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The big-screen version of the hit Broadway musical Les Misérables (opening Dec. 14) features lots of star power – Hugh Jackman as ex-con Jean Valjean trying to go straight, Russell Crowe as the cop who won't let him. And director Tom Hooper won an Academy Award his last time out with The King's Speech. Throw Anne Hathaway into the mix, and you have one of fall's most buzzed-about Oscar hopefuls.
Jamie Foxx plays a renegade slave out to rescue his wife and exact some well-merited revenge on plantation owner Leonardo DiCaprio in Quentin Tarantino's latest, Django Unchained (opening Dec. 21). With a typically excellent cast (including Inglourious Basterds' Christoph Waltz and weirdo old guy Bruce Dern), plus tons of references to Sergio Leone's classic spaghetti Westerns, it should be all kinds of bloody awesome. And just in time for the holidays.
– Michael Gallucci
Literary & Spoken Word
"The nonfiction writer's fundamental job is to make what is true believable," according to literary journalist Tracy Kidder, who first shot to fame with his 1981 The Soul of a New Machine, about the creation of a cutting-edge computer at Data General Corporation. The book won the Pulitzer Prize for General Nonfiction. On Oct. 9, Kidder will talk about his new book, Strength in What Remains, as part of Cleveland State University's William N. Skirball Writers Center Stage Series at the Ohio Theatre.
The book's inspiring narrative is about Deo, a promising African medical student who escapes the violence of civil wars in his home country and struggles to make it in New York City, sleeping in a Harlem tenement and delivering groceries for as little as $15 a day. Ron Suskind in the New York Times called it "one of the truly stunning books I've read this year."
The series continues on Nov. 13 with two exceptional, Pulitzer Prize-winning writers who happen to married to each other: Geraldine Brooks, an Australian-American journalist and author whose latest novel is Caleb's Crossing, based on the life of the first Native American to graduate from Harvard; and Tony Horwitz, a former Wall Street Journal correspondent and New Yorker writer whose most recent book is Midnight Rising: John Brown and the Raid That Sparked the Civil War.
Journalist-author Ann Patchett (March 19), winner of the PEN/Faulkner Award for her novel Bel Canto, will discuss her well-reviewed sixth novel, State of Wonder, a suspenseful jungle adventure about a drug company employee who visits the Amazon rainforest in search of her missing mentor and discovers secret research on a miracle drug.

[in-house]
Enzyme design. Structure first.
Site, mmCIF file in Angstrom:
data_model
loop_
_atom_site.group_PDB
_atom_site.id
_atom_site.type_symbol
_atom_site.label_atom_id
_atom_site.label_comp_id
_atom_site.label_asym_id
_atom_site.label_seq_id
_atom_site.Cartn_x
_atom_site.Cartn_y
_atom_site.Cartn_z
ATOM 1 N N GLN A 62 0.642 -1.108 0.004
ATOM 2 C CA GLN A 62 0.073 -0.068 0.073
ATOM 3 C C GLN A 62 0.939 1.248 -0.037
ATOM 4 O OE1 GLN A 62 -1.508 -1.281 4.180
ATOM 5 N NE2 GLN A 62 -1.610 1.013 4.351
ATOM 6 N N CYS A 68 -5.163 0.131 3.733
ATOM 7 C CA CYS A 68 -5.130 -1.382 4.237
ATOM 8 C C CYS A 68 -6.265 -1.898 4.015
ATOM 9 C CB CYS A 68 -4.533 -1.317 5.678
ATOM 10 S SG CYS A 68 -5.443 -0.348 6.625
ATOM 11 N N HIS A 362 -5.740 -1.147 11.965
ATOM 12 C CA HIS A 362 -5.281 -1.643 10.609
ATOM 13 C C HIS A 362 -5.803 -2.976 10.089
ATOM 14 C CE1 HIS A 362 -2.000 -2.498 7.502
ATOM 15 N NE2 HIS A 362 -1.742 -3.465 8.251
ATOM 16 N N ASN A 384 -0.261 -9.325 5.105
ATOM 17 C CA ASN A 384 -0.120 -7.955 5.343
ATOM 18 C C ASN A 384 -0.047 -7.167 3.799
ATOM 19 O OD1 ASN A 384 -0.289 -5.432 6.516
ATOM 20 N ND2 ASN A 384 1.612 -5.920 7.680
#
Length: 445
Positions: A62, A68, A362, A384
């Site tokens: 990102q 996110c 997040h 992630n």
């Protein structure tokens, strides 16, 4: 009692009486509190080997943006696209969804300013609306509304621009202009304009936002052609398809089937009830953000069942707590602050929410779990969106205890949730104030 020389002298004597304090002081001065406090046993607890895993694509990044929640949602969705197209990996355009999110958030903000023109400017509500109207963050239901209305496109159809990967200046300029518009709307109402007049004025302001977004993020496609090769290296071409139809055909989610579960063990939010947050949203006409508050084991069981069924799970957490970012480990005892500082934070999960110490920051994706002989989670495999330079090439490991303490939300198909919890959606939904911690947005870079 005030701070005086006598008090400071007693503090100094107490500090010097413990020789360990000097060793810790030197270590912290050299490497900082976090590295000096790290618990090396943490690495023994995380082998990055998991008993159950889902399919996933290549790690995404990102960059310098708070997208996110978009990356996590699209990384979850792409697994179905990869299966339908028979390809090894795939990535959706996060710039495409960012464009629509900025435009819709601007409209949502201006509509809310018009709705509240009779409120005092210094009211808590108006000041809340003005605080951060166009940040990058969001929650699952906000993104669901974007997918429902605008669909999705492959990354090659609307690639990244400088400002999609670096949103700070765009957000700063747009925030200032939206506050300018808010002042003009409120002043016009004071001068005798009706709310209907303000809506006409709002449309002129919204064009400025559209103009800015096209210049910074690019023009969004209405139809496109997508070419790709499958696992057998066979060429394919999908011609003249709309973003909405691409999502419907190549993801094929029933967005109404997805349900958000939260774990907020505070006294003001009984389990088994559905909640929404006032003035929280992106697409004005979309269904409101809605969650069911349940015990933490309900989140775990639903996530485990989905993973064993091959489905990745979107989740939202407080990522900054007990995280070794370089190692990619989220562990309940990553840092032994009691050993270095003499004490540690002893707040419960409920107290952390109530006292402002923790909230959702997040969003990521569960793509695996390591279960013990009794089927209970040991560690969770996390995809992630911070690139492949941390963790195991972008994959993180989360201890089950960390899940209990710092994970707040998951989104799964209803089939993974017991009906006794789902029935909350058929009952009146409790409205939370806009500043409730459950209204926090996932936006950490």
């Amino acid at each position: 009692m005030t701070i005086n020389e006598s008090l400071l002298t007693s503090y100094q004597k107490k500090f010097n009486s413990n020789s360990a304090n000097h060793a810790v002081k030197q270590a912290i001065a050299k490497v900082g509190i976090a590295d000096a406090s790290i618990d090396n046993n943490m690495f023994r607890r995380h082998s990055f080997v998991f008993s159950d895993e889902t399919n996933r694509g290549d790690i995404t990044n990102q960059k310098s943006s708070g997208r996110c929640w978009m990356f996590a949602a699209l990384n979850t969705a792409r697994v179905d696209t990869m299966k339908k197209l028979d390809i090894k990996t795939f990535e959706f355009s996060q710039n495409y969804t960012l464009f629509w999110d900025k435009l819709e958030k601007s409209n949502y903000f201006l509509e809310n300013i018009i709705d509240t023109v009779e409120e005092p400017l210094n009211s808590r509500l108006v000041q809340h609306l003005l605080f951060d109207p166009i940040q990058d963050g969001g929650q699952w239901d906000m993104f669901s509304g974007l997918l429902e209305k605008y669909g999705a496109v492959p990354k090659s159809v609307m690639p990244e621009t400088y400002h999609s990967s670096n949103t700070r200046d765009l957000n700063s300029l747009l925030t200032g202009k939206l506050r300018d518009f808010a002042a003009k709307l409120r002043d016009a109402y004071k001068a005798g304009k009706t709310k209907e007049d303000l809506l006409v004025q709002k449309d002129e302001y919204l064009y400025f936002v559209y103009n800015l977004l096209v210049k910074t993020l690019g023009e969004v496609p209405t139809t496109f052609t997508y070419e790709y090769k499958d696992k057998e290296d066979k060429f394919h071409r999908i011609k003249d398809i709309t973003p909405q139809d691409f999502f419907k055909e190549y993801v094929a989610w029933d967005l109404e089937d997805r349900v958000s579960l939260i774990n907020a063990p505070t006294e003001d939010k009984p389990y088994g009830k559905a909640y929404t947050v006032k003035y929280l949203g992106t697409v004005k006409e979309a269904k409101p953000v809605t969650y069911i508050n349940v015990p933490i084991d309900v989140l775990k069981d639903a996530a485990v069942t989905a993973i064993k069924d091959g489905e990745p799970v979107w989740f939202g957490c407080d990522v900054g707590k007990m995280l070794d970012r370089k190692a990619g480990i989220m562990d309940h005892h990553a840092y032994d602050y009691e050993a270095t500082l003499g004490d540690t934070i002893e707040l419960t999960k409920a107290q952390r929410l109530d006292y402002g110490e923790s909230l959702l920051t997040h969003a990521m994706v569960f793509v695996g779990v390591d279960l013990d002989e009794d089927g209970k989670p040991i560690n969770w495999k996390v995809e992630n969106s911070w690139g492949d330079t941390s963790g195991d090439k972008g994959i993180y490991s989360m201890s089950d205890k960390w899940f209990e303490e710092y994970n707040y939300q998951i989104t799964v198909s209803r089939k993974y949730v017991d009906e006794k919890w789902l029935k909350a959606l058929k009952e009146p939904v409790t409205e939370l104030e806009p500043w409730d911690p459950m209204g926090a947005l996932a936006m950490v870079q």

Akron-born poet Rita Dove (April 11) was the first African American poet laureate of the U.S. (1993-95). A Pulitzer Prize winner, Dove's poetry and short story collections embrace historical and political events; her poetry collection On the Bus With Rosa Parks was a New York Times Notable Book of the Year.
The series closes April 30 with journalist and author Erik Larson, whose novelistic The Devil in the White City, about a serial killer at the 1893 Chicago World's Fair, stayed on best-seller lists for three years.
The Cleveland Public Library Writers & Readers Series has presented lectures by notable authors since 2000. They are all free and open to the public.
You can hear three best-selling mystery writers in Uncovering Mysteries (Oct. 6), a panel discussion being held in conjunction with Bouchercon 2012, the annual world mystery convention. Participating authors are crime novelist Linda Fairstein, whose 14th book in her Alexandra Cooper series was released this year; award-winning crime novelist Karin Slaughter; and UK crime novelist, comic and TV screenwriter Mark Billingham.
Actress Valerie Bertinelli (Oct. 18), of One Day at a Time and Hot in Cleveland fame, will share anecdotes relevant to her new cookbook, One Dish at a Time: Delicious Recipes and Stories From My Italian-American Childhood and Beyond. Rebecca Skloot, whose gripping nonfiction The Immortal Henrietta Lacks tells the story of a poor Virginia woman whose cancer cells lived on to become part of medical research in perpetuity, speaks on Oct. 20.
And the new year will bring two fascinating talks. Temple Grandin discusses her life as an autistic scientist dedicated to animal welfare on March 9. Her latest book, Different...Not Less profiles 14 autistic achievers. Musician, actor, poet, martial artist, novelist, screenwriter and philosopher RZA, founder of the Wu-Tang Clan, shares his knowledge of religion, hip-hop and chess on April 19.